In neighbouring Montenegro, where NATO fired depleted uranium at just one site, the clean up costs are daunting. To decontaminate 480 rounds, which took just 12 seconds to fire, Montenegro spent over a quarter of a million US dollars and devoted 5,000 working person days.
Kosovo has more than 100 such sites.
Six miles north of Gjakova lies Lake Radoniq, a vast reservoir that supplies drinking water for the city and many of southern Kosovo’s 200,000 inhabitants. Yet even this breathtakingly beautiful location was not spared from attack with depleted uranium.
On 7 June 1999, the US fired 655 rounds near its dam, apparently targeting Serb artillery dug into a ridge and a radio mast. When the UNEP went there, they could only recover a single round, noting the “more probable scenario that most of the penetrators are hidden in the ground means that drinking water could possibly become contaminated in the future.”
However, they felt the volume of water in the lake would dilute the uranium enough to make contamination insignificant. Hopefully they are right, because when I visited there was a luxury waterfront hotel built right on top of where the airstrike occurred.
A tourist couple from the Gulf with a young baby parked up next to me and took selfies as the sun began to set. Rather than ruin their holiday with questions about DU, I left them in peace and headed back to Pristina before it got too dark to drive safely on Kosovo’s precarious roads.
No trip to Kosovo is complete without meeting admirers of Tony Blair. To maximise my chances, one day I headed to Ferizaj, a city south of Pristina where a road is named in his honour. For good measure, the local council upgraded the street to a square.
I fully intended to pay my respects to New Labour’s supremo, but Buzoli suggested a more serious sightseeing spot. This was ten minutes drive east of Tony Blair street/square, where our map of airstrikes suggested NATO unleashed 480 rounds of DU in May 1999.
Today it’s a petrol station, school and plumbing shop. The plumber’s merchant, Bahri Hyseni, who also works as a building inspector, welcomed us inside. He spent the war sheltering in Manchester and is eternally grateful to England, asking me to convey his good wishes – not least to our former prime minister.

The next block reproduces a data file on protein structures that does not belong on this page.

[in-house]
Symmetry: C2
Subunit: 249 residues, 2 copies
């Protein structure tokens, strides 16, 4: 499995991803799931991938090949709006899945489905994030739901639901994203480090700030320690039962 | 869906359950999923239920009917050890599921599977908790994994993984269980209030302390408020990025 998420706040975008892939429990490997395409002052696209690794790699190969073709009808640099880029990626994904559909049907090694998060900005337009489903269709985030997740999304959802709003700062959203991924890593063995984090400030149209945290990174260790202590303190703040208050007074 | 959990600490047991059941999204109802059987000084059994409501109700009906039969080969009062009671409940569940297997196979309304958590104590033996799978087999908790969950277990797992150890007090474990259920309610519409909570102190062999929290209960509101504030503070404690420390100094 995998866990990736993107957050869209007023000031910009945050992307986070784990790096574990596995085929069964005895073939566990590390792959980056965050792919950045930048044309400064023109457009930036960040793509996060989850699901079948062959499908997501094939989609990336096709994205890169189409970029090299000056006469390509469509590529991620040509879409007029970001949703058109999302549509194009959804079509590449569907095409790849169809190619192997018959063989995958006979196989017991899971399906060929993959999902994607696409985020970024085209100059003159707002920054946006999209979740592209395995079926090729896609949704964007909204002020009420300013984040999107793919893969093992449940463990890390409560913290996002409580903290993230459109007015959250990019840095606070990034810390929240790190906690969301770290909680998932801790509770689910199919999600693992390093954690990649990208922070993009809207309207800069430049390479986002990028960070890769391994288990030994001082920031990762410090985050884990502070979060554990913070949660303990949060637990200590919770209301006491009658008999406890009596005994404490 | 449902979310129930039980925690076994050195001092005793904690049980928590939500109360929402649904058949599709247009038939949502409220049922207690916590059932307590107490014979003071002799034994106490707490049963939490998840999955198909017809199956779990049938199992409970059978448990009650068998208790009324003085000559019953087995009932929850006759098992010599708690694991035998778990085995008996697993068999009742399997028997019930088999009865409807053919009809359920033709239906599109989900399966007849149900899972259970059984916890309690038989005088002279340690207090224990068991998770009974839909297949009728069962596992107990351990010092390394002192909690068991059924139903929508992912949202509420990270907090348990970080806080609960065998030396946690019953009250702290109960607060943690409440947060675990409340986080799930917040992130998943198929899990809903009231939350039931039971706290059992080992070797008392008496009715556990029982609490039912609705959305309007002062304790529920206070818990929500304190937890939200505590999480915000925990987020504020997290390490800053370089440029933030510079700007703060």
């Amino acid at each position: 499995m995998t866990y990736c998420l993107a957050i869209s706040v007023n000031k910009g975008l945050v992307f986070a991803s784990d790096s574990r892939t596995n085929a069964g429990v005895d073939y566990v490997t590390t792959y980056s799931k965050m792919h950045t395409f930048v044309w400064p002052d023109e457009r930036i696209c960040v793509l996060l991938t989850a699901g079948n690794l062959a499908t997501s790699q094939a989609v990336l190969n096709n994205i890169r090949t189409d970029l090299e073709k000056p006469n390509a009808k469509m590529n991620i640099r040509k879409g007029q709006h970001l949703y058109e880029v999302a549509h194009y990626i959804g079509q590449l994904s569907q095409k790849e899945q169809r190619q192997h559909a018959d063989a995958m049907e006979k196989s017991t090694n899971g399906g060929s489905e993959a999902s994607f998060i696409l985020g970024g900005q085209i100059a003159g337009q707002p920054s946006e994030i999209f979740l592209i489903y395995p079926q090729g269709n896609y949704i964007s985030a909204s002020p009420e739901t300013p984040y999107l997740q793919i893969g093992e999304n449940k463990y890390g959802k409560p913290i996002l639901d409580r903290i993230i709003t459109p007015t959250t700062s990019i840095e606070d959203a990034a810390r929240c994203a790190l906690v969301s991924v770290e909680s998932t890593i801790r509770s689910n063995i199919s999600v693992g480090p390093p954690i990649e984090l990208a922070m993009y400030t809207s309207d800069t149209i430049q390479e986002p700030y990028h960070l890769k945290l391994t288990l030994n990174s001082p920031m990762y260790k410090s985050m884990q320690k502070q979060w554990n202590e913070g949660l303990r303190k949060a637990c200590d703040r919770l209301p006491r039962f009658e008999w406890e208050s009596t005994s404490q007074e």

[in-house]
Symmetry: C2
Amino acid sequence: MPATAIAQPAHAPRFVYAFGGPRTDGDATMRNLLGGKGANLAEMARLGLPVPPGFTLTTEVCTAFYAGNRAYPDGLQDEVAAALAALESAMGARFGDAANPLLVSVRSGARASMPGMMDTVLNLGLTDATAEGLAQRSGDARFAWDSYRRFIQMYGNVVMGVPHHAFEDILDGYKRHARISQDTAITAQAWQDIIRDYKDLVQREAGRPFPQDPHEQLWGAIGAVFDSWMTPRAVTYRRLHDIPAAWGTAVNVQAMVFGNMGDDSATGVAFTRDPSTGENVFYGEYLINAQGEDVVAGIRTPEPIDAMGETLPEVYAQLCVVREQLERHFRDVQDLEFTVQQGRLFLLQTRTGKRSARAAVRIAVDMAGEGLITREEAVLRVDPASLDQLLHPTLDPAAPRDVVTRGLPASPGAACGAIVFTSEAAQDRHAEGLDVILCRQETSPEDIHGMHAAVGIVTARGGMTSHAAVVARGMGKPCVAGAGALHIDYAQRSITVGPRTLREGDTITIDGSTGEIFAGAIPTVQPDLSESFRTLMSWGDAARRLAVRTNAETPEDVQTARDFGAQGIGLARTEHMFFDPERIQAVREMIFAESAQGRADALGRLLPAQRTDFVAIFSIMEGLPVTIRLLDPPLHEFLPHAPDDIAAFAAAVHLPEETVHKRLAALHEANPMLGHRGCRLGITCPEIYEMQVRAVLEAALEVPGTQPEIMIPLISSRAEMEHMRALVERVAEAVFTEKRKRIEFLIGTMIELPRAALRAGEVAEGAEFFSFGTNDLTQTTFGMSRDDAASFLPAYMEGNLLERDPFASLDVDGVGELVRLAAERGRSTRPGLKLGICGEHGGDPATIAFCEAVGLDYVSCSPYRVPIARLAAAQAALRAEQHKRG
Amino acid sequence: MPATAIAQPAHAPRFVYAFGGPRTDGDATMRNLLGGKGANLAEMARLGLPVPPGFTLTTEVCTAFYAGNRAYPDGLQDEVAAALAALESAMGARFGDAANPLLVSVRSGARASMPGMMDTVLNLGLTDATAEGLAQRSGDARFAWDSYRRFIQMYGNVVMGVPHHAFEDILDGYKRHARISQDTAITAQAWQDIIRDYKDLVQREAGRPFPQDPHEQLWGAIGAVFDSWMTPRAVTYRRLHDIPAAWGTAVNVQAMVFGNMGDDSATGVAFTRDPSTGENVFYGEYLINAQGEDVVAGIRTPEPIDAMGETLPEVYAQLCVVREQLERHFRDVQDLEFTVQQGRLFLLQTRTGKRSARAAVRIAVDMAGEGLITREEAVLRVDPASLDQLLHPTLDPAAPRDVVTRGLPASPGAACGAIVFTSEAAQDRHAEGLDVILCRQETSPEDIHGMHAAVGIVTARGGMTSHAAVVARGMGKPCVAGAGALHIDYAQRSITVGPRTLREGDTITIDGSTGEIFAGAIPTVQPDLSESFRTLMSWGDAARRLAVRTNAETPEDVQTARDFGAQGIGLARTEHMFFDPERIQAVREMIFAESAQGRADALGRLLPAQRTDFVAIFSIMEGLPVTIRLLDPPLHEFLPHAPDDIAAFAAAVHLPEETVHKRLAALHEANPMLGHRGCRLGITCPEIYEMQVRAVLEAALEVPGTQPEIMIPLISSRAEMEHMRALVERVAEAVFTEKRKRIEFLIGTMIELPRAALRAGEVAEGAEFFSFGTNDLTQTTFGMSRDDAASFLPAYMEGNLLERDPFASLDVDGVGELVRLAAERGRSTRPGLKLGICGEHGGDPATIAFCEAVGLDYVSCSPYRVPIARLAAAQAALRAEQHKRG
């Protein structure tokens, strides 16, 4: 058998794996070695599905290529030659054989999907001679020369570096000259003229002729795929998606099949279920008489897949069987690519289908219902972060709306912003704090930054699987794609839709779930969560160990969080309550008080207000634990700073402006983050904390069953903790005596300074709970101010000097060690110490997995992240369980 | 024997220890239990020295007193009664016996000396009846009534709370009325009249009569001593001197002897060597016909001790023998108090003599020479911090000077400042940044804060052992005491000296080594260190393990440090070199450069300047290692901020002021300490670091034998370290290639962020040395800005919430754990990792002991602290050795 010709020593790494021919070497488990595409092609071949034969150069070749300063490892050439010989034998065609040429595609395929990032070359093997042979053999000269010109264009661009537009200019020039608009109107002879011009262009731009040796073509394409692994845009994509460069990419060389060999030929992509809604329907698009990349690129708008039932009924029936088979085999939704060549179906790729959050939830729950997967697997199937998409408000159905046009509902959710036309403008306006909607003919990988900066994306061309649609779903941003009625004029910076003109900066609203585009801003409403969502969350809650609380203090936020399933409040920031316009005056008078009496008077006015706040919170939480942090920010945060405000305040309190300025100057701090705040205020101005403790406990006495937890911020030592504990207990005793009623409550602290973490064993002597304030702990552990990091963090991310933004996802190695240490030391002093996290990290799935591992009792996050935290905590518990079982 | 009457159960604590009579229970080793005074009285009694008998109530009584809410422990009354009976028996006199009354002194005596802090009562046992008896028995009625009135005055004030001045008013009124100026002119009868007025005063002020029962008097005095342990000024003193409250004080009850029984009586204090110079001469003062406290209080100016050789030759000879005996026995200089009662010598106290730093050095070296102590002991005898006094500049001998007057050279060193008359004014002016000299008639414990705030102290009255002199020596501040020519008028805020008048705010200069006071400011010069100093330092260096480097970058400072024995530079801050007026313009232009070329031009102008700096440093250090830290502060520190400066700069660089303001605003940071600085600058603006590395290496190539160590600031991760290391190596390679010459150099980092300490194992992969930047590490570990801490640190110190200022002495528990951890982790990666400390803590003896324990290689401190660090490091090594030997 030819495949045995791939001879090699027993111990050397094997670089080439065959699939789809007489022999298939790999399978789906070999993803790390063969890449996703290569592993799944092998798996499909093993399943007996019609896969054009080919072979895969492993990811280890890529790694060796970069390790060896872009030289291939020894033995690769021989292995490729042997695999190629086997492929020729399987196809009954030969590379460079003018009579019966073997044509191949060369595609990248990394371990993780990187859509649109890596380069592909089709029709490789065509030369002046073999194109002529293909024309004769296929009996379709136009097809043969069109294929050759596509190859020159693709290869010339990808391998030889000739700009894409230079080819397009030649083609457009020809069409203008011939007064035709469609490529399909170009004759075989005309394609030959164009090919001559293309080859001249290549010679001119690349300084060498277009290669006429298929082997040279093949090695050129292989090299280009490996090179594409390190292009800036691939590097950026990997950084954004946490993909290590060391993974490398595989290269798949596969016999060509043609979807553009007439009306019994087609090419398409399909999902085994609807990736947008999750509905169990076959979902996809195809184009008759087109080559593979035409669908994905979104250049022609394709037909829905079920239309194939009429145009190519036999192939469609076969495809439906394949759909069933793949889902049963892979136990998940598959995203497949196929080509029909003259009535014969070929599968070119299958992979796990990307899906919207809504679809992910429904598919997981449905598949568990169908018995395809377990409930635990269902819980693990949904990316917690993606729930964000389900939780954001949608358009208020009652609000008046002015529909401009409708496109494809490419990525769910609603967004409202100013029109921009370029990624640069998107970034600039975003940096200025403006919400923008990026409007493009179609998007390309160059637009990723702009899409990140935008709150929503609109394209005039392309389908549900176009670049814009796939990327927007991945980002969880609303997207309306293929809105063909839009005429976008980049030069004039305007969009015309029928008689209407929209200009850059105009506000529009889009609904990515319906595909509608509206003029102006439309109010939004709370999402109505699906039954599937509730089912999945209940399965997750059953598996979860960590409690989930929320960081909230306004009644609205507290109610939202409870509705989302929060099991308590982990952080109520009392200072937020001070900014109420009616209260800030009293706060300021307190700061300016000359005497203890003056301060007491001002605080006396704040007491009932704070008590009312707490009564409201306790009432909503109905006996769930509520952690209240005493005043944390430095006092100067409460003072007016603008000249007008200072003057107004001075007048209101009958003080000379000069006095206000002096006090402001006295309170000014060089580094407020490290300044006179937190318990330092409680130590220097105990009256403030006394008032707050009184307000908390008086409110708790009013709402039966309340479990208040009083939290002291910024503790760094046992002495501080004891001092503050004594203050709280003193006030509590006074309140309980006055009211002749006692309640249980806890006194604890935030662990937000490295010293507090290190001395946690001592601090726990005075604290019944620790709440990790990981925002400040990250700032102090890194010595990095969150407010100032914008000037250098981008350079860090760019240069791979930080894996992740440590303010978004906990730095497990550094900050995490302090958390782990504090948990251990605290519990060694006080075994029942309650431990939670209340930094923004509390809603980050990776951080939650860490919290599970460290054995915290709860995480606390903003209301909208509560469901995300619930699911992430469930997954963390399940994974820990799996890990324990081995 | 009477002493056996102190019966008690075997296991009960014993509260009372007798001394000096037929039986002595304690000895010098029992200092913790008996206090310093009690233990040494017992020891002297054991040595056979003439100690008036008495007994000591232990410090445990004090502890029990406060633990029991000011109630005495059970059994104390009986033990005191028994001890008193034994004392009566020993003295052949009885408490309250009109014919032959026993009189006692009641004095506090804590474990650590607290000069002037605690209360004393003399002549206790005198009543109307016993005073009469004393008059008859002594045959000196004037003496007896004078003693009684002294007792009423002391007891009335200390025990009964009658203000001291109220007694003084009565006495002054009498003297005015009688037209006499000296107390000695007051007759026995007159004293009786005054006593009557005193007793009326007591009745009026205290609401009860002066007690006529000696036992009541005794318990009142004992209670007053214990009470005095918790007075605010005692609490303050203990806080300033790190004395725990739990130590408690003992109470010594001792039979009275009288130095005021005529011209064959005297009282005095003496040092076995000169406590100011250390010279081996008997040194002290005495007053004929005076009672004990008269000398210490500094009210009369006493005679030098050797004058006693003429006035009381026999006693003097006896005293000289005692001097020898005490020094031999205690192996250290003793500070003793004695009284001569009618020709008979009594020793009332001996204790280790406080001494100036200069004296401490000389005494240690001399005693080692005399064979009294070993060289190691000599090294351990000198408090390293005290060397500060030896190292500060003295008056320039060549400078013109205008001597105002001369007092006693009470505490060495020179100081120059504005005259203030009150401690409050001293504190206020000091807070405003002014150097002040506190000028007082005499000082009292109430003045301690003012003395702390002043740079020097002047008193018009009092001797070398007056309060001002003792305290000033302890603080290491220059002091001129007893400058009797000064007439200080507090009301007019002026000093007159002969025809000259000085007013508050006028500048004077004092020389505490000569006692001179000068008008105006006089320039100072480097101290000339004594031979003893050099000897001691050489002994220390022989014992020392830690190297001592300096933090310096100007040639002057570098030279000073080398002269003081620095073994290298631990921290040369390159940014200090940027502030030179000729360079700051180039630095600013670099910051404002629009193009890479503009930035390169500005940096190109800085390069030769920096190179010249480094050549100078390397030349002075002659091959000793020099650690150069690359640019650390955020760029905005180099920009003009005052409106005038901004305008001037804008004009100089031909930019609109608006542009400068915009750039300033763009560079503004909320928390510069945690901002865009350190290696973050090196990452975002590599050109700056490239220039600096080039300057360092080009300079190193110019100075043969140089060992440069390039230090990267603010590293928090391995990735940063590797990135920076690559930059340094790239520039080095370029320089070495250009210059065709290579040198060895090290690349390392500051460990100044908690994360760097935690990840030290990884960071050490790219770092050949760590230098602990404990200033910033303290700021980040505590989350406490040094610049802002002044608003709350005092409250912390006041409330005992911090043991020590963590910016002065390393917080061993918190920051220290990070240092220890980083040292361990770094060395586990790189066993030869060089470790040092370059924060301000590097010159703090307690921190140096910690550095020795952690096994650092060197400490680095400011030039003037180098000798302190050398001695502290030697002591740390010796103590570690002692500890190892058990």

But Bahri was suspicious about the conflict’s legacy on local health. “My uncle recently died from a six month battle with lung cancer. He was 67 and quit smoking 15 years ago,” he conveyed. “A teacher at the school has just died from lung cancer. They were 64.”
Bahri estimated that in the last year, his village of around 400 families had lost 12 to 13 people to cancer. While the numbers might not seem exceptional, he worried there could be a connection with depleted uranium.
“NATO knew people lived here”
“NATO knew people lived here,” he pointed out. “Why would they destroy the country and leave people with cancer so long afterwards? Why did they choose Kosovo and not Belgrade?”
Although the US did fire some depleted uranium in Serbia, it was all dropped along the southern border with Kosovo and never in the capital. As a result, Kosovo accounts for the vast majority of DU fired in the Balkans.
“It was better not for NATO to intervene,” Bahri insisted, remarkably. “We would have had more casualties from gun fights, but after the war we would have had fewer people with cancer. Most of us won’t be able to live beyond 60 due to the health conditions and stress from war we lived under.
“Many young people have died from heart attacks and the families didn’t do autopsies to see what the underlying cause of death was. If they did, they might have found some were due to depleted uranium.”